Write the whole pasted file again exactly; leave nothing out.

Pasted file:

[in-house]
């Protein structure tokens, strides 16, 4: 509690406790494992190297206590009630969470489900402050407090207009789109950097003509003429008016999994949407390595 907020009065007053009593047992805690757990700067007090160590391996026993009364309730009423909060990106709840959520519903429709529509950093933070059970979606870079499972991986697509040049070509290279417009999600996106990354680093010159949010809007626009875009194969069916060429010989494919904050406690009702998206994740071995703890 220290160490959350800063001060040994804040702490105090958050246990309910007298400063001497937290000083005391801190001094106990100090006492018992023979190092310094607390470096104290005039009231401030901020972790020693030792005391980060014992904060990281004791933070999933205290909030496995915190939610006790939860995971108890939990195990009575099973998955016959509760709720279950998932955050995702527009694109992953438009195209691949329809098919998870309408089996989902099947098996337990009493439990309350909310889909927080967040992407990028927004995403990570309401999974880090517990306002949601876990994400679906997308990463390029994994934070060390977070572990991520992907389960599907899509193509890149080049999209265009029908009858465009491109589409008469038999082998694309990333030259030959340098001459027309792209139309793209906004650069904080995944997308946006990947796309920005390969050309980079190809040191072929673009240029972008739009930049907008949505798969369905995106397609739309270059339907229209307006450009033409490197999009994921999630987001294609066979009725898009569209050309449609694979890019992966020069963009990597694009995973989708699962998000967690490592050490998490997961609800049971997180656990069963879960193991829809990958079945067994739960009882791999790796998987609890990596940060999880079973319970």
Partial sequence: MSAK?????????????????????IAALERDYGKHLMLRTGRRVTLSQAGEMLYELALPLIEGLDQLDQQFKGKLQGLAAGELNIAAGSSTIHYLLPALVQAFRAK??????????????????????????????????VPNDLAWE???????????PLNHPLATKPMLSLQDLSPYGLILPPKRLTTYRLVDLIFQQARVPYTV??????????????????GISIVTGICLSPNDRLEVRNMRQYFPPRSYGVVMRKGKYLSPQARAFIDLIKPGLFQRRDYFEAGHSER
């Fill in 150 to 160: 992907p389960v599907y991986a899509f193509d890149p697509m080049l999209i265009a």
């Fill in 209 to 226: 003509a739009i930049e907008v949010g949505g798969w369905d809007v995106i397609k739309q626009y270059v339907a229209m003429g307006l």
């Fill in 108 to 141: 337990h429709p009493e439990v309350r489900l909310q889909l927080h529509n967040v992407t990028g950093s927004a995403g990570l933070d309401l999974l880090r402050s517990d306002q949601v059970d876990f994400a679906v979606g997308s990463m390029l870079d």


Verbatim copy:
[in-house]
């Protein structure tokens, strides 16, 4: 509690406790494992190297206590009630969470489900402050407090207009789109950097003509003429008016999994949407390595 907020009065007053009593047992805690757990700067007090160590391996026993009364309730009423909060990106709840959520519903429709529509950093933070059970979606870079499972991986697509040049070509290279417009999600996106990354680093010159949010809007626009875009194969069916060429010989494919904050406690009702998206994740071995703890 220290160490959350800063001060040994804040702490105090958050246990309910007298400063001497937290000083005391801190001094106990100090006492018992023979190092310094607390470096104290005039009231401030901020972790020693030792005391980060014992904060990281004791933070999933205290909030496995915190939610006790939860995971108890939990195990009575099973998955016959509760709720279950998932955050995702527009694109992953438009195209691949329809098919998870309408089996989902099947098996337990009493439990309350909310889909927080967040992407990028927004995403990570309401999974880090517990306002949601876990994400679906997308990463390029994994934070060390977070572990991520992907389960599907899509193509890149080049999209265009029908009858465009491109589409008469038999082998694309990333030259030959340098001459027309792209139309793209906004650069904080995944997308946006990947796309920005390969050309980079190809040191072929673009240029972008739009930049907008949505798969369905995106397609739309270059339907229209307006450009033409490197999009994921999630987001294609066979009725898009569209050309449609694979890019992966020069963009990597694009995973989708699962998000967690490592050490998490997961609800049971997180656990069963879960193991829809990958079945067994739960009882791999790796998987609890990596940060999880079973319970």
Partial sequence: MSAK?????????????????????IAALERDYGKHLMLRTGRRVTLSQAGEMLYELALPLIEGLDQLDQQFKGKLQGLAAGELNIAAGSSTIHYLLPALVQAFRAK??????????????????????????????????VPNDLAWE???????????PLNHPLATKPMLSLQDLSPYGLILPPKRLTTYRLVDLIFQQARVPYTV??????????????????GISIVTGICLSPNDRLEVRNMRQYFPPRSYGVVMRKGKYLSPQARAFIDLIKPGLFQRRDYFEAGHSER
């Fill in 150 to 160: 992907p389960v599907y991986a899509f193509d890149p697509m080049l999209i265009a």
């Fill in 209 to 226: 003509a739009i930049e907008v949010g949505g798969w369905d809007v995106i397609k739309q626009y270059v339907a229209m003429g307006l």
């Fill in 108 to 141: 337990h429709p009493e439990v309350r489900l909310q889909l927080h529509n967040v992407t990028g950093s927004a995403g990570l933070d309401l999974l880090r402050s517990d306002q949601v059970d876990f994400a679906v979606g997308s990463m390029l870079d």